Wynn Bullock
[Photographer, b. 1902, Chicago, Illinois, d. 1975, Monterey, California.]

 At their best, photographs as symbols not only serve to help illuminate some of the darkness of the unknown, they also serve to lessen the fears that too often accompany the journeys from the known to the unknown. 
 Mysteries lie all around us, even in the most familiar things, waiting only to be perceived. 
 In a photograph, if I am able to evoke not alone a feeling of the reality of the surface physical world but also a feeling of the reality of existence that lies mysteriously and invisibly beneath its surface, I feel I have succeeded.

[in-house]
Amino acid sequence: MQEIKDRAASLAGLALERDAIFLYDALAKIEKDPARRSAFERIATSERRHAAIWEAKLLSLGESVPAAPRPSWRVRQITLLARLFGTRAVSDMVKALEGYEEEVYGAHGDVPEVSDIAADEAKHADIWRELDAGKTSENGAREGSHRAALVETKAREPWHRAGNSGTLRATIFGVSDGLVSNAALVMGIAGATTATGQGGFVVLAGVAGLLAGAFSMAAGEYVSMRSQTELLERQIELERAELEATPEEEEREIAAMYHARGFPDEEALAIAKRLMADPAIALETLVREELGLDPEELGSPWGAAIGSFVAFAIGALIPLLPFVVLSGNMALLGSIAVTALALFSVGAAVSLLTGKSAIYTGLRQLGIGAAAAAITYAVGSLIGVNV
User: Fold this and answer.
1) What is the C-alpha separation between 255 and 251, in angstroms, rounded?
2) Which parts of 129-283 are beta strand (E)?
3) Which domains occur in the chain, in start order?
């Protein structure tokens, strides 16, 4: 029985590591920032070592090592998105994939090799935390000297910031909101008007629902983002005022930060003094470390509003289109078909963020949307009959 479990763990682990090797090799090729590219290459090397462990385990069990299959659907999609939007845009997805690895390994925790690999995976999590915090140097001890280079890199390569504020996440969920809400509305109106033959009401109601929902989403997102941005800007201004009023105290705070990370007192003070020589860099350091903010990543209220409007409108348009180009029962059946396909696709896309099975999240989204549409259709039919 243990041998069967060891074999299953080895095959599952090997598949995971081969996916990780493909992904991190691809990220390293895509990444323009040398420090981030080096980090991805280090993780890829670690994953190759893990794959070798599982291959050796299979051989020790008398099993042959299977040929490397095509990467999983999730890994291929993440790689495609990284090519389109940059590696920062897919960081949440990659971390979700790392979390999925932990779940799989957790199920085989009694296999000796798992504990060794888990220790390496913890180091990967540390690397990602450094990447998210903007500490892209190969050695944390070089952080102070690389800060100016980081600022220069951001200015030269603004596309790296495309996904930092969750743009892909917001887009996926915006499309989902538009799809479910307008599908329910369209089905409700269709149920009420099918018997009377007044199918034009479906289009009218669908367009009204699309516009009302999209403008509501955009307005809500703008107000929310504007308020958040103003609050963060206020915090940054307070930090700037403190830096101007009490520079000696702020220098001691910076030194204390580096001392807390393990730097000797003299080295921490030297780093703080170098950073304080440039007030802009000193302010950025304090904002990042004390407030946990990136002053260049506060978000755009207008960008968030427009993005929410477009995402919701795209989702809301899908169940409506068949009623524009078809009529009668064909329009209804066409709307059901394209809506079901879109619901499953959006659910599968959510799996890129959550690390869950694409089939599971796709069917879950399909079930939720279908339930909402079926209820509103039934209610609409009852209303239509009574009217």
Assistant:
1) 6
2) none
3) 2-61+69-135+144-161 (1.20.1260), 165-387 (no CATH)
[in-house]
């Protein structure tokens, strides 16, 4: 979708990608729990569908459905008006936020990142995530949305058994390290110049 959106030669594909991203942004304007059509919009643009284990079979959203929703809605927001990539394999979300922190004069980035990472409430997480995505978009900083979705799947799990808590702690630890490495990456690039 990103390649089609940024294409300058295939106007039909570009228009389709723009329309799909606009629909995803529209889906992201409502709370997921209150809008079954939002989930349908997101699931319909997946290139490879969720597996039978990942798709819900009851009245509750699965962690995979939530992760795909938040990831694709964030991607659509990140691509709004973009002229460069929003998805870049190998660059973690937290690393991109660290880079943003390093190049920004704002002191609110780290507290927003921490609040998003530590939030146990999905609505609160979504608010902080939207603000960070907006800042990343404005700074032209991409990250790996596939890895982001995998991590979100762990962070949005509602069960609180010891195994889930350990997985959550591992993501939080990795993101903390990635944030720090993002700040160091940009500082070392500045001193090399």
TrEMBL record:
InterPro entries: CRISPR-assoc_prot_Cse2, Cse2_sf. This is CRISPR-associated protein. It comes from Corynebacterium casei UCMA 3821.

My thinking has been deeply affected by the belief that all things are some form of radiant energy. Light is perhaps the most profound truth in the universe. 
 For me photography has been a profession, an avocation. Now it has become a way of life. 
 I didn’t want to tell the tree or weed what it was. I wanted it to tell me something and through me express its meaning in nature. 
 I now measure my growth as a photographer in terms of the degrees to which I am aware of, have developed my sense of, and have the skills to symbolize visually the four-dimensional structure of the universe. 
 Searching is everything—going beyond what you know. And the test of the search is really in the things themselves, the things you seek to understand. What is important is not what you think about them, but how they enlarge you. 
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